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story.lead_photo.caption Libyan warlord Khalifa Hifter on Thursday ordered his forces to seize control of Tripoli after they took over Gharyan, about 60 miles south of the capital.

MISURATA, Libya -- A renegade militia seeking to storm its way into Libya's capital battled for control of the international airport Saturday in a showdown that threatened to spill into bloody urban combat in the streets of Tripoli.

Fighters loyal to warlord Khalifa Hifter said they had overrun the airport on the southern edge of the city. But forces for Libya's United Nations-backed government mounted a counterattack -- aided by reinforcements flowing into the city -- and it remained unclear which side held the airfield by nightfall.

The airport has been closed since it suffered widespread damage during battles of rival groups in 2014. But it would be a symbolic blow to the government if the site fell to Hifter, who could use it as a key staging ground for further advances.

Hifter's militia is aligned with a separate administration based in eastern Libya. The country, rich in oil and gas reserves, has been split into rival regions for years as the United Nations and others try to hammer out a peace deal and set a road map for elections.

Hifter's offensive could usher in the most significant escalation of violence since the toppling of dictator Moammar Gadhafi in 2011. Hifter was a general in Gadhafi's army but defected and spent years living in northern Virginia. He returned to Libya to take part in the revolution against Gadhafi's rule.

Hundreds of truckloads of fighters from different militias left the city of Misurata on Saturday, heading to Tripoli to help fend off Hifter's forces, said militia sources and residents of Misurata, about 120 miles east of the capital.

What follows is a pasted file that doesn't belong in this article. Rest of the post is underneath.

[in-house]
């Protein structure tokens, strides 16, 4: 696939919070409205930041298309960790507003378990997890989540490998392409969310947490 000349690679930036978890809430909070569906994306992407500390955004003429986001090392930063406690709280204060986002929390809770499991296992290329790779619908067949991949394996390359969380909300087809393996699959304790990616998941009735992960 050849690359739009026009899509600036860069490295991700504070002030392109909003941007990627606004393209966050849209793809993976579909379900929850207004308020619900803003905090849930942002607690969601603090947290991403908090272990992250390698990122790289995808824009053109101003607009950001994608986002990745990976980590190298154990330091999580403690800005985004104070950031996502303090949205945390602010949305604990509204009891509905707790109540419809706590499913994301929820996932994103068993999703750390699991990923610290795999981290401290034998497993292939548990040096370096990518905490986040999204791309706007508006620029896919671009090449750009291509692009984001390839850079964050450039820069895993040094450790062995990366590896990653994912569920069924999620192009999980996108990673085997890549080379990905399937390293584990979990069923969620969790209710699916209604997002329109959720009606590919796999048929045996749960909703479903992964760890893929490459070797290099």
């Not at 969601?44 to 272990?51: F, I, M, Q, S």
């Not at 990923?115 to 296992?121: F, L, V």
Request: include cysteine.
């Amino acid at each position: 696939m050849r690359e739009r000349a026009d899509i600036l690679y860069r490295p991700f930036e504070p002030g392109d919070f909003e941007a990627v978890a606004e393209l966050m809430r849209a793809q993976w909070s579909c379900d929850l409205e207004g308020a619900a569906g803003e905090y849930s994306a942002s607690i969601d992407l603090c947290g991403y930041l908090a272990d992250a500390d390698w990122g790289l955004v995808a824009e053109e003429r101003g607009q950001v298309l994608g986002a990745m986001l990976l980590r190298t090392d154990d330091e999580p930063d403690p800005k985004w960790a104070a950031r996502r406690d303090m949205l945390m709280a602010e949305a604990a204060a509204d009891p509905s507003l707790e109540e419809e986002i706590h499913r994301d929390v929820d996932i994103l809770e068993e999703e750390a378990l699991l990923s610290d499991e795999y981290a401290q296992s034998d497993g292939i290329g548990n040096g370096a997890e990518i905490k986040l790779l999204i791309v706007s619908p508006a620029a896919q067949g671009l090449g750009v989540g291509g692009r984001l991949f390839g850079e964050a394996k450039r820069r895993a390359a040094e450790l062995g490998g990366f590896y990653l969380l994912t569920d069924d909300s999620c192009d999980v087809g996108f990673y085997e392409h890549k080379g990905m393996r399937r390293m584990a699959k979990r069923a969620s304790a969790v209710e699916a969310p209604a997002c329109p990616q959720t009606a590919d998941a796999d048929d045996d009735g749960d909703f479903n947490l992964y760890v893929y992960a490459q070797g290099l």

Militias from other pro-government cities such as Zintan also moved into Tripoli, according to photos posted on social media.

In Misurata, a radio station sent out a rallying cry to its listeners: "Everyone who owns a gun please go to Tripoli right away to fight for your country against Hifter."

Fayez Sarraj, chairman of the Presidential Council of Libya, said his government had offered concessions to Hifter "to avoid bloodshed and to end divisions" and was surprised by Hifter's order to take the capital.

"We were stabbed in the back," he said Saturday in televised comments.

"We extended our hands in peace," Sarraj said. "But this assault by Hifter's forces will be met only with decisiveness and force."

RESIDENTS FRIGHTENED

Tripoli is a city accustomed to militia violence. In some neighborhoods, life remained typical Saturday with people shopping and going to work or school, said residents reached by phone.

"The city is normal," said Jamal Mustafa, 35, an employee at a Libyan overseas investment firm. "People are shopping and going out and doing their routines."

But in neighborhoods closer to the fighting, residents were preparing for the worst. Many remained inside their homes, as heavily armed militia vehicles steadily drove through to the front line.

Jamal Ramadan, 42, whose house is less than 3 miles from the old airport, decided to flee.

"We could hear heavy shelling and gunshots," said the taxi driver and father of three children, ages 3 to 6. "My wife told me she was too afraid to stay. So we got a few clothes and left. We are not going to gamble our lives on this."

They drove about 90 miles to stay with his wife's relatives.

"We don't want Hifter to come," said Mustafa. "Anyone who wants to rule the country like Gadhafi is unacceptable."

Human Rights Watch on Saturday raised concerns of possible abuses happening if fighting escalated inside the capital. Activists accuse Hifter's fighters of committing numerous human-rights violations, including summary executions, indiscriminate attacks on civilians and arbitrary detentions.

Pro-government militias also have a track record of abuses against civilians, the watchdog group said.

"Whenever rival armed forces clash in Libyan cities, it's civilians who suffer the most," Sarah Leah Whitson, the group's Middle East and North Africa director, said in a statement. "All sides need to abide by the laws and minimize civilian harm."